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Welcome to April, Food Adventurer Friend ~

It may be April Fool’s Day, but this current health crisis is no joke. We’ve all had to adjust to lots of changes, big and small, in a short length of time. On the whole, though, I believe we’ll make it to the other side, and thrive. Because day by day, we’re getting better at seeing our forced “quarantine” as more time for enJoying our families, healthful rest, and favorite hobbies we never meant to leave behind. 

One of my newest favorite quotes is about perspective and the choices we make. It comes from Stir, a comfort food-filled memoir by Jessica Fechtor. The book recounts the time when Jessica, then in her late-20’s, suffered brain damage that left her partially blind and unable to smell anything. In it, she writes:

“Everything happens for a reason? I don’t see it that way at all. To me, only the first part is clear: Everything happens. Then other things happen, and other things still. Out of each of these moments, we make something. Any number of somethings, in fact… There are infinite possible versions of our lives. Meaning is not what happens, but what we do with what happens when it does.”

So we can make any number of memorable and worthwhile “somethings” with the cards this current pandemic has dealt us. Even from the confines of our homes.

What a liberating idea!

For ways to do so today, apply one or more of the following ~


1. Order takeout for pickup or delivery from a local restaurant, as the laws in your area permit. Choose something from your favorite spot, or better yet, from a new restaurant that looks promising. The forced closure of “non-essential” businesses has hit all eateries hard and those that have just opened are most vulnerable to going under. We can help keep that from happening.

A delicious-in-every-way dessert dish from a favorite restaurant.

2. Make TV your new addiction. That is, consider watching one TV program that’s about good food. My current obsession is Somewhere South, a 6-part series celebrating Southern food that premiered this past Friday on PBS. Award-winning chef Vivian Howard, whose earlier series, A Chef’s Life, was a major hit, is the host.And if the first episode, which was all about hand pies, is an indication of what’s to come, we’re in for a delicious ride. (Because ever since watching it, I’ve been wondering how I could have lived this long without ever having eaten a Southern fried apple jack hand pie. Why didn’t anyone tell me about these before?)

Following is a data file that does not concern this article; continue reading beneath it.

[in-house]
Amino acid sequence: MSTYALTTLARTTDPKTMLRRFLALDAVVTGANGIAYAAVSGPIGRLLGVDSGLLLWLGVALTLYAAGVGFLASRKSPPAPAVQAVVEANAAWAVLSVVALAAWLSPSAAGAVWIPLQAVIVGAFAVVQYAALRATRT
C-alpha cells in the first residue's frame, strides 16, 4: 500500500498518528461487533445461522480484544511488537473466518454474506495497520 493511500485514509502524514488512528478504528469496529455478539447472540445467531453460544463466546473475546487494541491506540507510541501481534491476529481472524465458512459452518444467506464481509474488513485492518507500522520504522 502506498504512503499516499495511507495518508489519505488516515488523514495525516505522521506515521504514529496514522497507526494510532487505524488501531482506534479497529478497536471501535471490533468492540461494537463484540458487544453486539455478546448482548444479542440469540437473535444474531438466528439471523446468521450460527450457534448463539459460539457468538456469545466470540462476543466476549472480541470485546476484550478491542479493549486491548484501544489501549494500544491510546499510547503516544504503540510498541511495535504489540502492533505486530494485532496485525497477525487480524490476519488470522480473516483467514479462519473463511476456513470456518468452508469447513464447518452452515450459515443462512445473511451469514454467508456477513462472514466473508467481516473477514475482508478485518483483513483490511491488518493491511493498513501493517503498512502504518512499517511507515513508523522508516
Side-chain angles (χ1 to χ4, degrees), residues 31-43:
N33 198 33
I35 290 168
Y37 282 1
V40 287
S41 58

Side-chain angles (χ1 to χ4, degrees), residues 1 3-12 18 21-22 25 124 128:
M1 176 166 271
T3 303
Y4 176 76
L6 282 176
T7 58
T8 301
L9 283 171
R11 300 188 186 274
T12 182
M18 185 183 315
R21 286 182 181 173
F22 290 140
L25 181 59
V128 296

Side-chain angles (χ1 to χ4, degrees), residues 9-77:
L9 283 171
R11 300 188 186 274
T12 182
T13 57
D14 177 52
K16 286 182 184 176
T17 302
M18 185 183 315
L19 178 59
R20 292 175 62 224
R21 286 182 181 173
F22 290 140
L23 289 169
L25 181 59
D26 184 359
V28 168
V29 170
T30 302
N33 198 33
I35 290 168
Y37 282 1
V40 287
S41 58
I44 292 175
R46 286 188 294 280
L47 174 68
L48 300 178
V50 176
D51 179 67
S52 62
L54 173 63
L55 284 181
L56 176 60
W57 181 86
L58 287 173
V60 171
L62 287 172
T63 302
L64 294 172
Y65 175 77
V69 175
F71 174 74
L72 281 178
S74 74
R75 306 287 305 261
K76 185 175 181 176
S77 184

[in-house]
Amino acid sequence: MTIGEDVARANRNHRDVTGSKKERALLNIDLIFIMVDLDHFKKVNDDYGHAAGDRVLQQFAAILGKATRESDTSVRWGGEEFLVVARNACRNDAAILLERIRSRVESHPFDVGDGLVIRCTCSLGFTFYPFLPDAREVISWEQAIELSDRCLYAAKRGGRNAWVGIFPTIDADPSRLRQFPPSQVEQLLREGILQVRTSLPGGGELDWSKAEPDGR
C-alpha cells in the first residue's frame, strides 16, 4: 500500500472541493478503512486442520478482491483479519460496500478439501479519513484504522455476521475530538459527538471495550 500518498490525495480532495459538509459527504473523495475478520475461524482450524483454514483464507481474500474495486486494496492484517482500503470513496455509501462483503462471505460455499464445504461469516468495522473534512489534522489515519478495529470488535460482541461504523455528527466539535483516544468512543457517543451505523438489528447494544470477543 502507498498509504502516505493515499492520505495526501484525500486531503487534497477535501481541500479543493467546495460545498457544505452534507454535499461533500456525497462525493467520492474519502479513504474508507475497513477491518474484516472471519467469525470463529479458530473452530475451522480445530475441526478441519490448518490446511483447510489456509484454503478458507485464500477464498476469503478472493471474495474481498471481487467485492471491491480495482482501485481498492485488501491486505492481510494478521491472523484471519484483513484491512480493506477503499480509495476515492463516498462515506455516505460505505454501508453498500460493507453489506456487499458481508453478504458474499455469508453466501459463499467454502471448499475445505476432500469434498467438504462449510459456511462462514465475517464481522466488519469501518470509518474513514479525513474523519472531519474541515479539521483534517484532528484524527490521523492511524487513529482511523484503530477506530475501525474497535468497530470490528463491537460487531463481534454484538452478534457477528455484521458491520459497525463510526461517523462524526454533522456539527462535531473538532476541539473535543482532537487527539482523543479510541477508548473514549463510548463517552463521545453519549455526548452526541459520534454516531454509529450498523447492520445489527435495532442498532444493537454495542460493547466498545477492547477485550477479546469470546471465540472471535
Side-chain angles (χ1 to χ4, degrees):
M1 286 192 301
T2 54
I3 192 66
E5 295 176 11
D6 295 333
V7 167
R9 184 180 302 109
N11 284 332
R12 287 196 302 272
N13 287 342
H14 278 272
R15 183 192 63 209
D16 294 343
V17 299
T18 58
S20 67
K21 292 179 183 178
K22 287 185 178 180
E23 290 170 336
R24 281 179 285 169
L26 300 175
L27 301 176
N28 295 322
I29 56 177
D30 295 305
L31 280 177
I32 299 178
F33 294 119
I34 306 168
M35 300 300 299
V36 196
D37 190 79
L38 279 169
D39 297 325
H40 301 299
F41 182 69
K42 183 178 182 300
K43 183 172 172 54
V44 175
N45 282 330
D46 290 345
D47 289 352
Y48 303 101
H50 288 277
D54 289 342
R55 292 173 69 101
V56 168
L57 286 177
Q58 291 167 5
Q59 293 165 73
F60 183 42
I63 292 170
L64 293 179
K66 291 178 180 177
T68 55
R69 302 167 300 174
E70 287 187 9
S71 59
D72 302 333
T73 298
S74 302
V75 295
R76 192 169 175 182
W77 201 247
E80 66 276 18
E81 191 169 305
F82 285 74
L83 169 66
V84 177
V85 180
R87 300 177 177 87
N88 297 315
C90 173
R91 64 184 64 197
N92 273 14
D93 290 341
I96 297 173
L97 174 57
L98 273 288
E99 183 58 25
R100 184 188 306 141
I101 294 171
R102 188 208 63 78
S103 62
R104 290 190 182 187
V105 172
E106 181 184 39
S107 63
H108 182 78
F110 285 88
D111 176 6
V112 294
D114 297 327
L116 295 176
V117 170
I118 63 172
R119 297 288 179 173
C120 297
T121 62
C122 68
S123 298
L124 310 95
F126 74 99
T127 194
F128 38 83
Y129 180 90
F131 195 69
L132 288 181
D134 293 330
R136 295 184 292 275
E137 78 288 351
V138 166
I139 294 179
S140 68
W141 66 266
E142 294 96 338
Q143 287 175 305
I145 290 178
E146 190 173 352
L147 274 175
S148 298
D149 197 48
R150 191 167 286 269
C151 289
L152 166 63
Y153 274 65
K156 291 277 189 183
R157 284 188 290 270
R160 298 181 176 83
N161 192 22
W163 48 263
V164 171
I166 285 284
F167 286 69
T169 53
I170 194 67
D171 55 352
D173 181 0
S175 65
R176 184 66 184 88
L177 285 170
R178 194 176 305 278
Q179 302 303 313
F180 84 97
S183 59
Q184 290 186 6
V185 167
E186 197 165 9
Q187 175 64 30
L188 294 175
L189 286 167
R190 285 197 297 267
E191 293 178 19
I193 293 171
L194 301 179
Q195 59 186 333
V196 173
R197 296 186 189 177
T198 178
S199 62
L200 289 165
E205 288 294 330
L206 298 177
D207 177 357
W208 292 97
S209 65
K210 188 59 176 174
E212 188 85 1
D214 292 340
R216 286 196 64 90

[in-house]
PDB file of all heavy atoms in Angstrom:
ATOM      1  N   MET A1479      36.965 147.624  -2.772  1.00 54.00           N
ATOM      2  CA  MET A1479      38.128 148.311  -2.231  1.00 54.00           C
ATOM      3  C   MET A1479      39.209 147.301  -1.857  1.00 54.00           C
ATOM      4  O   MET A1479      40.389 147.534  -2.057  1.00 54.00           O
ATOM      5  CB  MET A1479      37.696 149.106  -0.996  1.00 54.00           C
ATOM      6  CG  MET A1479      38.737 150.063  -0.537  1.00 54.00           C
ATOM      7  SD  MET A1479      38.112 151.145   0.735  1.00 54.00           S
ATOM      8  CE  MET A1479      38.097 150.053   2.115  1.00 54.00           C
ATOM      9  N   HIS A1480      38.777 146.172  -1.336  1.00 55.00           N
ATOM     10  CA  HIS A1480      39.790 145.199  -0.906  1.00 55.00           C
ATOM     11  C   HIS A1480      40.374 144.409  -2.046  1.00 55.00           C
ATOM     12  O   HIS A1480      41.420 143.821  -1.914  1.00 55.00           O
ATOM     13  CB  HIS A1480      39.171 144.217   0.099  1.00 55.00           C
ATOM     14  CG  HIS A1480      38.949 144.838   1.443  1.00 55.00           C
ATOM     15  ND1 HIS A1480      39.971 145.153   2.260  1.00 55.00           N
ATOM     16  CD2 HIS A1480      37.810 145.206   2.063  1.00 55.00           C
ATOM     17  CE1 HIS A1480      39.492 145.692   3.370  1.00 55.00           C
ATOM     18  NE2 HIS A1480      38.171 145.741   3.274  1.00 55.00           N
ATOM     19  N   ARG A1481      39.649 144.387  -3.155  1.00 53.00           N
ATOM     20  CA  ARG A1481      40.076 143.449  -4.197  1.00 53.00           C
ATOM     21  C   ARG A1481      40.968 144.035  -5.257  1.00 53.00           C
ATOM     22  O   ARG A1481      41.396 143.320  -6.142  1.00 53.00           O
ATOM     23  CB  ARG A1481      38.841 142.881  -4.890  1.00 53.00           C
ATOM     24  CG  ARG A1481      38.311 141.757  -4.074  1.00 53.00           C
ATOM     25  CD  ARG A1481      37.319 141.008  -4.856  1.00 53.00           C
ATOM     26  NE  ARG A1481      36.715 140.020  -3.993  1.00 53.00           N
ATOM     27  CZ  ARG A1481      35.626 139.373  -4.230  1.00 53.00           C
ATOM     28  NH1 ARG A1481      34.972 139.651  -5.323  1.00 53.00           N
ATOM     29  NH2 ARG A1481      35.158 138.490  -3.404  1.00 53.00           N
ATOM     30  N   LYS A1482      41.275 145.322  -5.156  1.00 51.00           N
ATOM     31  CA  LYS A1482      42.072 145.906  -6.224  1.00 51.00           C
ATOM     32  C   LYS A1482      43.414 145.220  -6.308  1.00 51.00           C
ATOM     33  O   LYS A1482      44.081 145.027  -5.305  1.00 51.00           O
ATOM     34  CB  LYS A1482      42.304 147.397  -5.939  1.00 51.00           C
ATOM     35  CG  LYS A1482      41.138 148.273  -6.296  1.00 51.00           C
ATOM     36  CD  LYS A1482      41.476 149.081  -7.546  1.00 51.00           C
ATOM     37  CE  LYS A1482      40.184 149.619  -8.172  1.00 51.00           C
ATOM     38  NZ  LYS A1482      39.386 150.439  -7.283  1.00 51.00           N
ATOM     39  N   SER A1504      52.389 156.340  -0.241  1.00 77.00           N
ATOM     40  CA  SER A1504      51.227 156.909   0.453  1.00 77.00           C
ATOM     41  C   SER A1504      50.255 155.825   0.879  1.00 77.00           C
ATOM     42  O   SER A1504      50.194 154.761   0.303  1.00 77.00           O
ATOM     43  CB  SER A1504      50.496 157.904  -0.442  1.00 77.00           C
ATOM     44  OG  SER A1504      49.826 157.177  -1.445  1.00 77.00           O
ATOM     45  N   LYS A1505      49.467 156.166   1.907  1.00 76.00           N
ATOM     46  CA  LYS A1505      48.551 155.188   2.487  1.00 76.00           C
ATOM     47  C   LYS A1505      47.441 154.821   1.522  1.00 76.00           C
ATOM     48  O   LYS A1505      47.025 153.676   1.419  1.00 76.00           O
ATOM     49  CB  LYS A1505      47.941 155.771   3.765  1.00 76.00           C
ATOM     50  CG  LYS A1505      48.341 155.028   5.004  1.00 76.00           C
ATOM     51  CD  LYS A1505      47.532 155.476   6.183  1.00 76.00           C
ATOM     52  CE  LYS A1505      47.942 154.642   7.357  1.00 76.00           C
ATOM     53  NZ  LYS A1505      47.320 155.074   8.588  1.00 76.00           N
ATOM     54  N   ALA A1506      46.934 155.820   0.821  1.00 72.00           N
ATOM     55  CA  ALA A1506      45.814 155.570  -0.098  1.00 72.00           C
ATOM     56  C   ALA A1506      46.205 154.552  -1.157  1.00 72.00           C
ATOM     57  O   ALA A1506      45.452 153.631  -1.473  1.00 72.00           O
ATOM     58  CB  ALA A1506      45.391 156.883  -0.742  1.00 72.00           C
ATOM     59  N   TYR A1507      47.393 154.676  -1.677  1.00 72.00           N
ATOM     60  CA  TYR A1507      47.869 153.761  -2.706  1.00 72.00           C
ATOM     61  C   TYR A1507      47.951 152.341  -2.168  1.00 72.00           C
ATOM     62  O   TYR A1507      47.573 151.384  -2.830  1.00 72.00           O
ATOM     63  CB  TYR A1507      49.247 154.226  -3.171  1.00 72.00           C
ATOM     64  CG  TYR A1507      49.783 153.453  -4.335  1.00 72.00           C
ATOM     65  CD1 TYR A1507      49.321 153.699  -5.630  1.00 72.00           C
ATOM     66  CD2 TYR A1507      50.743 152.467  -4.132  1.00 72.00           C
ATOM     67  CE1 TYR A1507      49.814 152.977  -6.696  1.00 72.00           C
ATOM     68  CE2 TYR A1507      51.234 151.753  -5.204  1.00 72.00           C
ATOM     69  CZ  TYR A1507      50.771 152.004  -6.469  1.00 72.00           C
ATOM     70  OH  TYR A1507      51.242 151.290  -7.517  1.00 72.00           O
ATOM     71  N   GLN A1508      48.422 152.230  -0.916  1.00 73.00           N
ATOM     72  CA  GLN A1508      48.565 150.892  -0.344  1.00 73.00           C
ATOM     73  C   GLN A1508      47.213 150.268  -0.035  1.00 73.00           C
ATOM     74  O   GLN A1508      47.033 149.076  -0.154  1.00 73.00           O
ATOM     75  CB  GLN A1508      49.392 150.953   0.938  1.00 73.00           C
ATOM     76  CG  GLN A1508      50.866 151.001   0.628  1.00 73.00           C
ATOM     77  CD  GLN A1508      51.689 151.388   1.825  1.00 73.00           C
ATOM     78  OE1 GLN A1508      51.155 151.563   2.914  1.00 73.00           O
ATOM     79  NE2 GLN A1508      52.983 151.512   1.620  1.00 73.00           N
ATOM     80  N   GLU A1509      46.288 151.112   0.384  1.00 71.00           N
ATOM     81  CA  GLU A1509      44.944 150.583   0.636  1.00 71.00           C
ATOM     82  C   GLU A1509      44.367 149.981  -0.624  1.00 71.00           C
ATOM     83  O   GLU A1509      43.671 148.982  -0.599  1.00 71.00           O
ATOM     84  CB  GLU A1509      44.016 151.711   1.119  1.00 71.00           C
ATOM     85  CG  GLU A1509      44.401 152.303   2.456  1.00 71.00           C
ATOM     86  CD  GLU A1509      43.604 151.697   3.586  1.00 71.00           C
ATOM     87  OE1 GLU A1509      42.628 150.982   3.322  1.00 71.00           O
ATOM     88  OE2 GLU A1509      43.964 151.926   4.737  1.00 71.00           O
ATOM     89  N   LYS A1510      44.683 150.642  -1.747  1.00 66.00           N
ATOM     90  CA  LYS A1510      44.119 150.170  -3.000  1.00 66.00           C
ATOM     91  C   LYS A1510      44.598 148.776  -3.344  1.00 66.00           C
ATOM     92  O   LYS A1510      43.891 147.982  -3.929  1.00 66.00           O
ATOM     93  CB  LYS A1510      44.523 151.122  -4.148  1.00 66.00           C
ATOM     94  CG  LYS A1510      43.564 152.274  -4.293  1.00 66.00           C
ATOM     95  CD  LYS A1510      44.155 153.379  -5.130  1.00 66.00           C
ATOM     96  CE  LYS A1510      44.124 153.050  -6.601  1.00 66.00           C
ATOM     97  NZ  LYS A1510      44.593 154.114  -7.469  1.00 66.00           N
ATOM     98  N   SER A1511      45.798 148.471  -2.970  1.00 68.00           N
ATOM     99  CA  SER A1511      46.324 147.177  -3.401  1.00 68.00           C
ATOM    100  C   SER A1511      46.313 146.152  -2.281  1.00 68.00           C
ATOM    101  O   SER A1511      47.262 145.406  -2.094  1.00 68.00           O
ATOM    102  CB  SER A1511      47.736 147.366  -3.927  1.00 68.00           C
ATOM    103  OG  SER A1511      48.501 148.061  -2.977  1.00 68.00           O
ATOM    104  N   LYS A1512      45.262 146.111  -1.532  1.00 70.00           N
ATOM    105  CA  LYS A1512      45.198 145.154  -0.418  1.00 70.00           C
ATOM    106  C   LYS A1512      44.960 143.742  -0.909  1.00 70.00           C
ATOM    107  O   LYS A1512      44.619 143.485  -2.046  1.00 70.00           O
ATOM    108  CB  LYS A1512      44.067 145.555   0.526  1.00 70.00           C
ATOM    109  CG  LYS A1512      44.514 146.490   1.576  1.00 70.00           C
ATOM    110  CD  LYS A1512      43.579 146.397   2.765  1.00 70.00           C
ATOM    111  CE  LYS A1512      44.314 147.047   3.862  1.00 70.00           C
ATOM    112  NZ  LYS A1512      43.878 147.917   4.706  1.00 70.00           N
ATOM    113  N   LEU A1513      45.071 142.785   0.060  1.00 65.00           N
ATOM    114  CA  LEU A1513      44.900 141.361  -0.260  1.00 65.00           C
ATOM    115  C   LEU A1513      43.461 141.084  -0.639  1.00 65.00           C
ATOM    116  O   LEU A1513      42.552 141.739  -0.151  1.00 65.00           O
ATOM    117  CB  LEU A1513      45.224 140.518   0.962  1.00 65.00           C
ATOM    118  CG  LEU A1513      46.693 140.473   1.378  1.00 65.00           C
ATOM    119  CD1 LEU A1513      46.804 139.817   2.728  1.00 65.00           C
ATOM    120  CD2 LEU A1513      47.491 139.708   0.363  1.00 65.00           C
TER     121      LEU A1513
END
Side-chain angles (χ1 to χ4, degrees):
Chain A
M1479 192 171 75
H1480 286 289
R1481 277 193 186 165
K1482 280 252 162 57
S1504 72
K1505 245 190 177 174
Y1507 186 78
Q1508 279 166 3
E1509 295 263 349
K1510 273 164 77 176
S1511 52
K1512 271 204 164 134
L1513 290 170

3. To connect, make the most of high tech. (Did you see that, how I made it rhyme? 😉) Anyhow……………….. we can’t control our travel plans being cancelled. But just because you can’t get to where your favorite people are doesn’t mean you can’t see them. Online video conferencing services like Skype and Zoom make it easy to visit face to face with friends and family, almost anywhere, free.

My welcome page on Skype. 

4. Low tech still works, too. Connections made via “snail mail” can have more personal impact than any other because who does that anymore? So imagine writing a personal note with your very own hand — with a real pen on real paper you can touch. Do you remember how good it felt the last time you received a letter in the mail and saw it was from a friend? You couldn’t get the envelope opened fast enough. It was a treat that made you feel special. And now you can do the same for someone else.

Or make a telephone call to a loved one you haven’t spoken with in months, maybe years. That’s what I did just last week, when I called an aged aunt, my late mothers’s only sibling, who still lives in my home town of Brooklyn. Misunderstandings and harsh words destroyed our relationship decades ago and we hadn’t spoken for, well, decades. Uh….yeah. So how did that phone call turn out? Well, I now see how God tenderized both our hearts over the years and then used recent events to remind me that our remaining days as “only aunt” and “only niece” were short. It was the right time to call and I’m glad I did. (She is, too. 🙂!) Maybe it’s the right time for you as well. So go ahead, make the call. Right now. I’ll wait.

View of Brooklyn, the Verrazzano Bridge, and Staten Island from the Staten Island Ferry. 

5. Have an “edible” adventure online. Within two hours or less, you can learn how to stir-fry like an ace, take better photographs of food with your phone, or dive into the history of ice cream. Find out more about these and other tasty (plus affordable!) things you can learn this spring from the comfort of home, here.

So which idea will you pursue? One — or all five? I’m never thrilled about the pile of unread emails in my inbox that nobody-with-a-life-could-possibly-ever-get-to. But I am thankful for the internet ’cause it means I can look forward to visiting with you. See you again soon.



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